• Isaiah 2:1-5 • Romans 13:11-14 • Matthew 24:37-44 • 1 Advent A ’14 •
Scripture Readings: First Sunday of Advent – Lectionary: 1
Print PDF: Weekly Homily 12.01.2013
In winter darkness the voices of Isaiah and Jesus call us into this season of Advent. They speak visions; good words; and we listen to them. We light our Advent candles remembering the one we name the light of the world has charged us with the responsibility of bearing his light to others.
Isaiah spoke a vision of peace.
“They shall beat their swords into plowshares and their spears into pruning hooks;
one nation shall not raise the sword against another, nor shall they train for war again.”
His words, prominently displayed at the United Nations, capture our aspirations and our longing for that day when resources devoted to the destruction of lives and property will be spent on education, agriculture and health care! I have no illusion. No nation on Earth is willing to do that!
Jesus of Nazareth spoke a vision of peace. He was the first among us to be fully alive and fully human. In his life and in confronting his violent death, he demonstrated the basic ingredient of peace – unconditional love. I have no illusion. No nation on Earth will risk such love.
Centuries have past since Matthew attributed three short parables to Jesus: about Noah, two pair of workers, and a thief in the night. Matthew used these parables to admonish his peers to “keep awake,” “be alert,” “be vigilant.” He knew that if the Christ fire in them went out, they would forget God’s presence among and love for them. Then they would ignore the cries of those who suffer.
That fire has not gone out. Malala — that young Islamic girl, identifies with “the Jesus vision” of a new and more human life for all. She reminds us of who and what we are; that God lives in us, loves us, and empowers us to be Christ for others. I see Malala as our Advent guide!
She speaks several languages fluently. She upset the Taliban when she became an advocate for the education of girls in Pakistan. They sought to silence her with death threats. Eventually a single Taliban boarded a school bus and at close range shot Malala in the head. She survived with damage to her facial nerves and her left eardrum destroyed. She was transported to London where medical professionals restored her hearing. Her smile has returned but she still faces additional surgery. None of this daunted her spirit. Ignoring additional death threats, she stood before the UN General Assembly appealing for the education of all girls and boys.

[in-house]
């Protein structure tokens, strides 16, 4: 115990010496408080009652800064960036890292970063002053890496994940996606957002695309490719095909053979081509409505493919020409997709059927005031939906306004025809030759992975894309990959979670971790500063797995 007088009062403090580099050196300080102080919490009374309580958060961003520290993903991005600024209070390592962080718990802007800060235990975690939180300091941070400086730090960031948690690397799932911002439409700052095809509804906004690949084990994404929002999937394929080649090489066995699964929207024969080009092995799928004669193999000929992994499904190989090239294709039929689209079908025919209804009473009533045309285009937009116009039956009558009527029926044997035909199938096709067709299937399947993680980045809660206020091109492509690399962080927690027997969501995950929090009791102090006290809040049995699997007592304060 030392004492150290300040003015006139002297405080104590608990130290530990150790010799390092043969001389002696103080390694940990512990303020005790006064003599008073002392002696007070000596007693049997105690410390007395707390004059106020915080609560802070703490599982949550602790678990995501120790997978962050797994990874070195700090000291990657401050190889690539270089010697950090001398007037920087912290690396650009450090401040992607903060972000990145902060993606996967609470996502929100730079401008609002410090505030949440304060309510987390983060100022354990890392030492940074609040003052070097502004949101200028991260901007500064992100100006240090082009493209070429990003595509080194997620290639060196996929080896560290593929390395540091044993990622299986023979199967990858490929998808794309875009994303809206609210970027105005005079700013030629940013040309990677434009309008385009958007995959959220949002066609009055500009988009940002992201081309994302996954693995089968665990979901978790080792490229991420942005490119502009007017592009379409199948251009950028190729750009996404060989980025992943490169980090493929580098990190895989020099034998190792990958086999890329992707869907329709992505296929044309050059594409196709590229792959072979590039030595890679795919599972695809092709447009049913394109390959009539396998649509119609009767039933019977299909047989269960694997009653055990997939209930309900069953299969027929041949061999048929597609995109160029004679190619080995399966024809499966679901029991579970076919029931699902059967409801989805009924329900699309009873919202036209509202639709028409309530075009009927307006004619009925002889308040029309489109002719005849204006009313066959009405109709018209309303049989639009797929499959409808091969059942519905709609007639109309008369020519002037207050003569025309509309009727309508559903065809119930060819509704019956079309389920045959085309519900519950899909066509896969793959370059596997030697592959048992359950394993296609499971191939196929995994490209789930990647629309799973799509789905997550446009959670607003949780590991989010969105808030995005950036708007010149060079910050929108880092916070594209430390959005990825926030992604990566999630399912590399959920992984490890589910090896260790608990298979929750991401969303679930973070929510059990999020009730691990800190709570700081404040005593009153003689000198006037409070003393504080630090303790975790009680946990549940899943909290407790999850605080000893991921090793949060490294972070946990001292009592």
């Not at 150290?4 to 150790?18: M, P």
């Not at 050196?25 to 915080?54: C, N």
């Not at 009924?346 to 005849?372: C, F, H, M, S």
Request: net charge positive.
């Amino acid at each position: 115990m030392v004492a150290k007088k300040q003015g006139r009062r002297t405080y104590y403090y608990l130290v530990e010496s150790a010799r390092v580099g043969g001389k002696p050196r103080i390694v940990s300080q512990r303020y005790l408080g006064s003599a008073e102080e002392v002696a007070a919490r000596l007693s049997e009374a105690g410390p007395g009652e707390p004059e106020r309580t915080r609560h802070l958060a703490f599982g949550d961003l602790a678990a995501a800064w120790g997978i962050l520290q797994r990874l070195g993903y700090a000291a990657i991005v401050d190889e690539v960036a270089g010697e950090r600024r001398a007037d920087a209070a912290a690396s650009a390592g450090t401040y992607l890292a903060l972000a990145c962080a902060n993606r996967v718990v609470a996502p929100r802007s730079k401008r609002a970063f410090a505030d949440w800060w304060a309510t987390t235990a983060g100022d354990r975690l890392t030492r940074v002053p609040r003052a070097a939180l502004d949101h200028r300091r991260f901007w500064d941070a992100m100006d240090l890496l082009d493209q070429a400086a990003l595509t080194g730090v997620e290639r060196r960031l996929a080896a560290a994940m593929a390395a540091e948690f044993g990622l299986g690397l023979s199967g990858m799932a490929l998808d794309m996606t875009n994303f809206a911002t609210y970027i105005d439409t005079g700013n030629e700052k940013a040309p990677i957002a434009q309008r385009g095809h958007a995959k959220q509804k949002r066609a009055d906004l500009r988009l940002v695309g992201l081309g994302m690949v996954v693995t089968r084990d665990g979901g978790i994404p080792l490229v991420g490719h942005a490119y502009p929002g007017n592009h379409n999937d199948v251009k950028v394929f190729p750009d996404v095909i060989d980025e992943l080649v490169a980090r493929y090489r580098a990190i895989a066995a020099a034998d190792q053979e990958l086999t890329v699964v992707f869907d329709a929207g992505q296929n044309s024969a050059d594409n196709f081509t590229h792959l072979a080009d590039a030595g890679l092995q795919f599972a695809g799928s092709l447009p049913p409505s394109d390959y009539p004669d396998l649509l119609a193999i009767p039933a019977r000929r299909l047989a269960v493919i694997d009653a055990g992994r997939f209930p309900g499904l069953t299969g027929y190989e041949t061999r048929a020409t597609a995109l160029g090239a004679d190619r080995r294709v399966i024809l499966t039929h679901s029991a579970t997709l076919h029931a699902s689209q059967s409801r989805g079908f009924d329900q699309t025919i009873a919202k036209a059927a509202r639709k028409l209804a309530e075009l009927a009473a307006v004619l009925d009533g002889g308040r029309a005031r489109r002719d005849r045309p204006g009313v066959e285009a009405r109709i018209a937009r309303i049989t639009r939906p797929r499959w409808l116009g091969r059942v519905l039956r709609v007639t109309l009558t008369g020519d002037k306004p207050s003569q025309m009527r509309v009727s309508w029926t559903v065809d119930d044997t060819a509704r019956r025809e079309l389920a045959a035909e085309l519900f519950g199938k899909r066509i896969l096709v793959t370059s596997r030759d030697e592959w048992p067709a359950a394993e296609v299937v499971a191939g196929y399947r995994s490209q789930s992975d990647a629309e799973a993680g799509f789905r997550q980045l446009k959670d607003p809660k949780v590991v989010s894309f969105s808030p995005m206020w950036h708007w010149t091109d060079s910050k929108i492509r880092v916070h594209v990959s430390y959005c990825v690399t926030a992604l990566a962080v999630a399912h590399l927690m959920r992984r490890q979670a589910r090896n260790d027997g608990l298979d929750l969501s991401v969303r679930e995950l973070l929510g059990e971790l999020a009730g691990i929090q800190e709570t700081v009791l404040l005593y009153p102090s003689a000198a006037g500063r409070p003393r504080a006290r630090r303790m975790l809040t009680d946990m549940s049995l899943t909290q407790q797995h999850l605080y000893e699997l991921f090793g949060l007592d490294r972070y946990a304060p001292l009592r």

In this young Pakistani girl we see goodness, nobility and courage. She dared to be different and refused to identify with the inhumane side of the dominant culture in which she lives. She paid a price for her resistance and rebellion but she remains determined. She is a reminder. All of us are able to be more human and to build more dignity into society. Her strength and courage inspire me and thousands more to proclaim — “I am Malala!” Clearly God’s Spirit is still acting in history.
Nations are not about to turn swords into ploughshares or risk the unconditional love of Christ. So we face a great risk. Settled comfortably in our beliefs, religious traditions and customs, we can drift off to sleep as I do in the evening when I sit to read or watch TV — “keep awake!” Our abundance and well-being “can lead to personal atrophy, spiritual lethargy and a loss of vitality” –“be alert!” Our lives can become superficial and boring — “be vigilant.”
Malala is our Advent guide. With her we can turn our faces toward a better, more human world. With her we can can awaken and turn our own dominant culture in a new direction. Dare to be different! Don’t act like everyone else does! Rebel against and reject the superficial. How? Like Malala, you know how! Peace will prevail as more and more and more of us become “Malala.” Learn from her! In winter darkness Advent calls us to be Christ, and to transform the world!